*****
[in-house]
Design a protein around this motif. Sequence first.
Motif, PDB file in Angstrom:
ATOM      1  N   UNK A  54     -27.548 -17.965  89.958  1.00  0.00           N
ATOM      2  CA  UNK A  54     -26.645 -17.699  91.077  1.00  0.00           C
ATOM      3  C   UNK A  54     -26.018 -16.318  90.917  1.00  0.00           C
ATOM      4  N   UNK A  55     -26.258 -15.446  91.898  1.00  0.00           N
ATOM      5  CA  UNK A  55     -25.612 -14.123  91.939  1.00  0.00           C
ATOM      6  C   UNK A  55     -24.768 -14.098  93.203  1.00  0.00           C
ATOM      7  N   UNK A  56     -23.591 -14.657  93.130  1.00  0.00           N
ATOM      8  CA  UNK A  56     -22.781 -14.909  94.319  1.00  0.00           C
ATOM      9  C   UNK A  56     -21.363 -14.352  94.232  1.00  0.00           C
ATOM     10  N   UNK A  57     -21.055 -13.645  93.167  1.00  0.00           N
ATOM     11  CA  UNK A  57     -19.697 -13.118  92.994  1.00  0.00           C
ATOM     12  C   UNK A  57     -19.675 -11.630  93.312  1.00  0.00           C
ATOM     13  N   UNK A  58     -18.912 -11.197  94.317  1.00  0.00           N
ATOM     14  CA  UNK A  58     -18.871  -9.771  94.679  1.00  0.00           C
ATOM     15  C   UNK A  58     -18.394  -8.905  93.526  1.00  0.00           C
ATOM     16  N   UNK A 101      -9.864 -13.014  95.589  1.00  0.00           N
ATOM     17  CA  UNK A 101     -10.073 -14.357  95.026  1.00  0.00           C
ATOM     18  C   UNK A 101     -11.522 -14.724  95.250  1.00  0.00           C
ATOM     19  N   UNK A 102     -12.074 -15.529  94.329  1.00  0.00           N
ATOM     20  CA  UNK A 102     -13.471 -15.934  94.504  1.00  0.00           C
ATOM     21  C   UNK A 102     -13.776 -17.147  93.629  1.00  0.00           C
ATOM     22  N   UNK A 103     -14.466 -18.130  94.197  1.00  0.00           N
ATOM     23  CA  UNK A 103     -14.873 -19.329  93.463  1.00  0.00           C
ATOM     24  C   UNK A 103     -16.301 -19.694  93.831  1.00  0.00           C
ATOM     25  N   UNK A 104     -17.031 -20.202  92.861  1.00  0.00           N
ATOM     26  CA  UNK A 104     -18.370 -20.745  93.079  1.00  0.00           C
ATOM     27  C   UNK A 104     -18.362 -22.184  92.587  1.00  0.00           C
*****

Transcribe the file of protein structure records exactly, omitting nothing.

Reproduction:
[in-house]
Design a protein around this motif. Sequence first.
Motif, PDB file in Angstrom:
ATOM      1  N   UNK A  54     -27.548 -17.965  89.958  1.00  0.00           N
ATOM      2  CA  UNK A  54     -26.645 -17.699  91.077  1.00  0.00           C
ATOM      3  C   UNK A  54     -26.018 -16.318  90.917  1.00  0.00           C
ATOM      4  N   UNK A  55     -26.258 -15.446  91.898  1.00  0.00           N
ATOM      5  CA  UNK A  55     -25.612 -14.123  91.939  1.00  0.00           C
ATOM      6  C   UNK A  55     -24.768 -14.098  93.203  1.00  0.00           C
ATOM      7  N   UNK A  56     -23.591 -14.657  93.130  1.00  0.00           N
ATOM      8  CA  UNK A  56     -22.781 -14.909  94.319  1.00  0.00           C
ATOM      9  C   UNK A  56     -21.363 -14.352  94.232  1.00  0.00           C
ATOM     10  N   UNK A  57     -21.055 -13.645  93.167  1.00  0.00           N
ATOM     11  CA  UNK A  57     -19.697 -13.118  92.994  1.00  0.00           C
ATOM     12  C   UNK A  57     -19.675 -11.630  93.312  1.00  0.00           C
ATOM     13  N   UNK A  58     -18.912 -11.197  94.317  1.00  0.00           N
ATOM     14  CA  UNK A  58     -18.871  -9.771  94.679  1.00  0.00           C
ATOM     15  C   UNK A  58     -18.394  -8.905  93.526  1.00  0.00           C
ATOM     16  N   UNK A 101      -9.864 -13.014  95.589  1.00  0.00           N
ATOM     17  CA  UNK A 101     -10.073 -14.357  95.026  1.00  0.00           C
ATOM     18  C   UNK A 101     -11.522 -14.724  95.250  1.00  0.00           C
ATOM     19  N   UNK A 102     -12.074 -15.529  94.329  1.00  0.00           N
ATOM     20  CA  UNK A 102     -13.471 -15.934  94.504  1.00  0.00           C
ATOM     21  C   UNK A 102     -13.776 -17.147  93.629  1.00  0.00           C
ATOM     22  N   UNK A 103     -14.466 -18.130  94.197  1.00  0.00           N
ATOM     23  CA  UNK A 103     -14.873 -19.329  93.463  1.00  0.00           C
ATOM     24  C   UNK A 103     -16.301 -19.694  93.831  1.00  0.00           C
ATOM     25  N   UNK A 104     -17.031 -20.202  92.861  1.00  0.00           N
ATOM     26  CA  UNK A 104     -18.370 -20.745  93.079  1.00  0.00           C
ATOM     27  C   UNK A 104     -18.362 -22.184  92.587  1.00  0.00           C